I also now have a slightly abstract list that I keep with me to remind me what really moves me and whatever I do needs to resonate with these:
In the do spirit – I have scheduled my first dry run food experience for 21 -July (why don’t you join me!)
…and put out a little market research survey to test the waters:
Watch this space to see where it all goes. The one thing I know for sure is I am happy to be right here, right now….oh, and I still love cheese (and did I mention we are getting goats in July!!).
Finally, there is an army of artisans roaming around the house, gîte, land and pool. In the last few days we have had:
….and the cusiniste, of course. I am hoping this guy is a magician, the kitchen in the main house is relatively tiny, and we need to get a lot out of it, and the budget is slowly getting smaller as all the ‘ça ne marche pas’ add up. In any case before June we will have a shiny new kitchen….oh yes, I am supremely excited!!
I am wondering if I should change my blog to Food Magpie in France?
Like many other people, I apply my own experience to my cooking…making the most of ingredients where I am, maybe applying them in a slightly different way…or taking particular techniques and adapting to different ingredients. For example, cassoulet….I suppose I could wax poetic about that dish for ages, but using that as starting point and bringing in my food experience: black beans instead of the traditional white haricot beans, short rib instead of duck confit, chorizo instead of Toulouse sausage…..and then sneak in a bit of ancho chili and toasted cumin. No longer cassoulet of course, but still something very good. Alternatively, take local ingredients and put them in other recipes- duck confit and Cabécou (local goats cheese) lasagne anyone?
And of course, I very thoroughly embrace the full local food traditions….and love to learn the history and discover ‘new’ dishes. I was recently told about the tradition of ‘duck bones’. I am still not entirely sure, but here it goes. In this area most ducks are ‘fat ducks’ and are raised for their pieces….liver (foie gras) breast (magret) leg-thigh (for confit) neck (cou farci…kind of a sausage, but different, and yummy), gizzards for salads and general munching. The rest of the meat is used for things like rillettes and friton (chunky bits you get either as a pâté kind of dish or if you need something a bit naughty – fried, think pork scratchings taken to a whole new level). Oddly – you don’t often see a whole duck for roasting or ‘non confit’ bits of duck to cook. So – in the French spirit of using everything, the last remaining bits are ‘the bones’, and I have been told these are very very good. I think I am supposed to go to my butcher and ask for ‘des os de canard’ and then I get a pile of bones…either ready to roast or already roasted. Then you eat them…which I believe means suck all the remaining meat off the roasted bones. I’ll see how that goes, sounds good to me.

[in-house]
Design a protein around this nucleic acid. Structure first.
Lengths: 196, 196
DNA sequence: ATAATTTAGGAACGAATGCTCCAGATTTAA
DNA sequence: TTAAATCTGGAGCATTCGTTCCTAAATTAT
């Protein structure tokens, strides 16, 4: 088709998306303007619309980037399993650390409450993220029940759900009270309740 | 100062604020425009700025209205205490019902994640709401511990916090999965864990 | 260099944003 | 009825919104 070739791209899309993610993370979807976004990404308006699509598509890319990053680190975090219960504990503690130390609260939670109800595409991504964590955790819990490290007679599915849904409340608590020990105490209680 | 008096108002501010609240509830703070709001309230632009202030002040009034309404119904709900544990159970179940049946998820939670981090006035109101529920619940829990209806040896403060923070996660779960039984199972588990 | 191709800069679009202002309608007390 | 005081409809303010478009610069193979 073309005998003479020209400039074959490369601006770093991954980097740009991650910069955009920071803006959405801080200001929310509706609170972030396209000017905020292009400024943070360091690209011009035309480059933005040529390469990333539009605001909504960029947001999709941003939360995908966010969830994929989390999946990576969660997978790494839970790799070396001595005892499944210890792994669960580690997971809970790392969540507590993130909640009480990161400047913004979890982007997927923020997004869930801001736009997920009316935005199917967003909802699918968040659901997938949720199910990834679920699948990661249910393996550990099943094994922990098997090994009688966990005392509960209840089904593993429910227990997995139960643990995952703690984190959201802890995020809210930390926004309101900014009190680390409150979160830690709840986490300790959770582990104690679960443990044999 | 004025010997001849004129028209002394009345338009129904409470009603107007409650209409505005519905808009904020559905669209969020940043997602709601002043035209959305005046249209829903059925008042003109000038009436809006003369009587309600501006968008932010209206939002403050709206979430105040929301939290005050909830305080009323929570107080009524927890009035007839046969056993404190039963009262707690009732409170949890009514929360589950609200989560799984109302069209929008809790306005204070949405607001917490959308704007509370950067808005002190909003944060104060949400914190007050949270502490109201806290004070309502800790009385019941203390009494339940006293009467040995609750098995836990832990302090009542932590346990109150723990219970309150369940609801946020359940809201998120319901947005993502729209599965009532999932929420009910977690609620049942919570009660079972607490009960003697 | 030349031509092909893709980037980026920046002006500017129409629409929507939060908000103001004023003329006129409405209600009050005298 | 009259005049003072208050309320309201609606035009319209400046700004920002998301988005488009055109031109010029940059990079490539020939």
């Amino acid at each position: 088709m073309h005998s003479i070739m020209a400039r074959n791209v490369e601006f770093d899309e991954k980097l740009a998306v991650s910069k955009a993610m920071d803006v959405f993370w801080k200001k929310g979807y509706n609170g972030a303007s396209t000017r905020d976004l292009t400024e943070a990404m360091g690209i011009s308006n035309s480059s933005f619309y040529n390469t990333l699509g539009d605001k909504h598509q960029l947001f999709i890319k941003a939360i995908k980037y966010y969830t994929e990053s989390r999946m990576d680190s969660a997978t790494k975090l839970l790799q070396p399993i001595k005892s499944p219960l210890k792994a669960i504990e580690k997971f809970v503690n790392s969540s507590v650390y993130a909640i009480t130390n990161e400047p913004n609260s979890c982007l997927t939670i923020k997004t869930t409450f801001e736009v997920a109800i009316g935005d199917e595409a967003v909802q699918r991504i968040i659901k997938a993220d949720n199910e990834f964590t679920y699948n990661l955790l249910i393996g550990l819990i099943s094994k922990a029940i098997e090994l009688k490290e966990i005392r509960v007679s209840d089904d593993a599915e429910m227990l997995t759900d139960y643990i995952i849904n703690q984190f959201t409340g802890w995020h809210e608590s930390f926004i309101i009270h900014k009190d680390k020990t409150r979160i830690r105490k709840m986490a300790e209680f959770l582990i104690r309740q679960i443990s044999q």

The featured image of cheese doesn’t really have anything to do with this post- it is just there because I am ‘grateful’ to live in a country that has an endless supply of delicious cheese. 🙂
OK, two things to start:
That pretty much covers the budget, which has sort of been giving me heart palpitations. BUT we are moving forward and determined to find other avenues of income to fill that gap. As the saying goes, c’est la vie.
Which brings me to ‘breaking bad brain habits’. Just like developing general bad habits (like smoking, biting your nails or over-filling the rubbish bin…OK, that last one might be debate-able) we can build bad ‘emotional response’ habits. I was recently reading specifically about complaining…and how it is a seemingly easy way to deal with challenges/barriers/problems – but it becomes a habitual negative response. One suggestion to try and break the negative habit is every time you complain pause and remind yourself of something be grateful for. So it might work like this:
Yes- I realise that is a bit simplistic and my ‘gratefuls’ lately have been a bit more philosophical…more about having an opportunity to chase a dream, meet wonderful new people and live in a beautiful place. I think you get the point. Being negative is easy but it sucks your energy in the long run and you don’t get much done, and I have an ever-growing list of fun things I want to be doing so I need that energy; things like- make marshmallows, bake Christmas cookies, try my hand at a terrine, plan a vegetable garden, find a pig breeder, research chicken breeds…..find out where the hell my carte de sejour is….